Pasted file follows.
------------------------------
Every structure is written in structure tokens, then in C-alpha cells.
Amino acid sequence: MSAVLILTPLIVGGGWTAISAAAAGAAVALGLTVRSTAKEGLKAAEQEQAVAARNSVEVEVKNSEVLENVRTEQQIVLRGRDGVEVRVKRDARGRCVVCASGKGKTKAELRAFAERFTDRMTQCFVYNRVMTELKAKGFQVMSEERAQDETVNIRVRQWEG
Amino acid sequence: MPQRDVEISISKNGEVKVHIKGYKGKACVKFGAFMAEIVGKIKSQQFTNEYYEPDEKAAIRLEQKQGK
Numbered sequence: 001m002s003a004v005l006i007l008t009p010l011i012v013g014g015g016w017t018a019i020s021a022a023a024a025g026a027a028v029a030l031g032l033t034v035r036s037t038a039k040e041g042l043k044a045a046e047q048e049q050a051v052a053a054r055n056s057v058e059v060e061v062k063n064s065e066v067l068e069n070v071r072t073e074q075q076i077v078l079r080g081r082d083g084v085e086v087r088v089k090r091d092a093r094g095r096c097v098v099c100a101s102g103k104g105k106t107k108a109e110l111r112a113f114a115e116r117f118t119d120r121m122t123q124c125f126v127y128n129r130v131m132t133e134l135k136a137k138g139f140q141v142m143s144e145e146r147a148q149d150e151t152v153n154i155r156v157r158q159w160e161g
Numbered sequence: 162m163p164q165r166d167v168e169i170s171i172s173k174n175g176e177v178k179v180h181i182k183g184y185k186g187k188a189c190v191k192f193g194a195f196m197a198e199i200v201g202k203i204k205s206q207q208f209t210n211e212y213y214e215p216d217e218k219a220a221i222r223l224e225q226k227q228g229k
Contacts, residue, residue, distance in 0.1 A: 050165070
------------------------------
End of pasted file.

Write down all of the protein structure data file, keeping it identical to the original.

Every structure is written in structure tokens, then in C-alpha cells.
Amino acid sequence: MSAVLILTPLIVGGGWTAISAAAAGAAVALGLTVRSTAKEGLKAAEQEQAVAARNSVEVEVKNSEVLENVRTEQQIVLRGRDGVEVRVKRDARGRCVVCASGKGKTKAELRAFAERFTDRMTQCFVYNRVMTELKAKGFQVMSEERAQDETVNIRVRQWEG
Amino acid sequence: MPQRDVEISISKNGEVKVHIKGYKGKACVKFGAFMAEIVGKIKSQQFTNEYYEPDEKAAIRLEQKQGK
Numbered sequence: 001m002s003a004v005l006i007l008t009p010l011i012v013g014g015g016w017t018a019i020s021a022a023a024a025g026a027a028v029a030l031g032l033t034v035r036s037t038a039k040e041g042l043k044a045a046e047q048e049q050a051v052a053a054r055n056s057v058e059v060e061v062k063n064s065e066v067l068e069n070v071r072t073e074q075q076i077v078l079r080g081r082d083g084v085e086v087r088v089k090r091d092a093r094g095r096c097v098v099c100a101s102g103k104g105k106t107k108a109e110l111r112a113f114a115e116r117f118t119d120r121m122t123q124c125f126v127y128n129r130v131m132t133e134l135k136a137k138g139f140q141v142m143s144e145e146r147a148q149d150e151t152v153n154i155r156v157r158q159w160e161g
Numbered sequence: 162m163p164q165r166d167v168e169i170s171i172s173k174n175g176e177v178k179v180h181i182k183g184y185k186g187k188a189c190v191k192f193g194a195f196m197a198e199i200v201g202k203i204k205s206q207q208f209t210n211e212y213y214e215p216d217e218k219a220a221i222r223l224e225q226k227q228g229k
Contacts, residue, residue, distance in 0.1 A: 050165070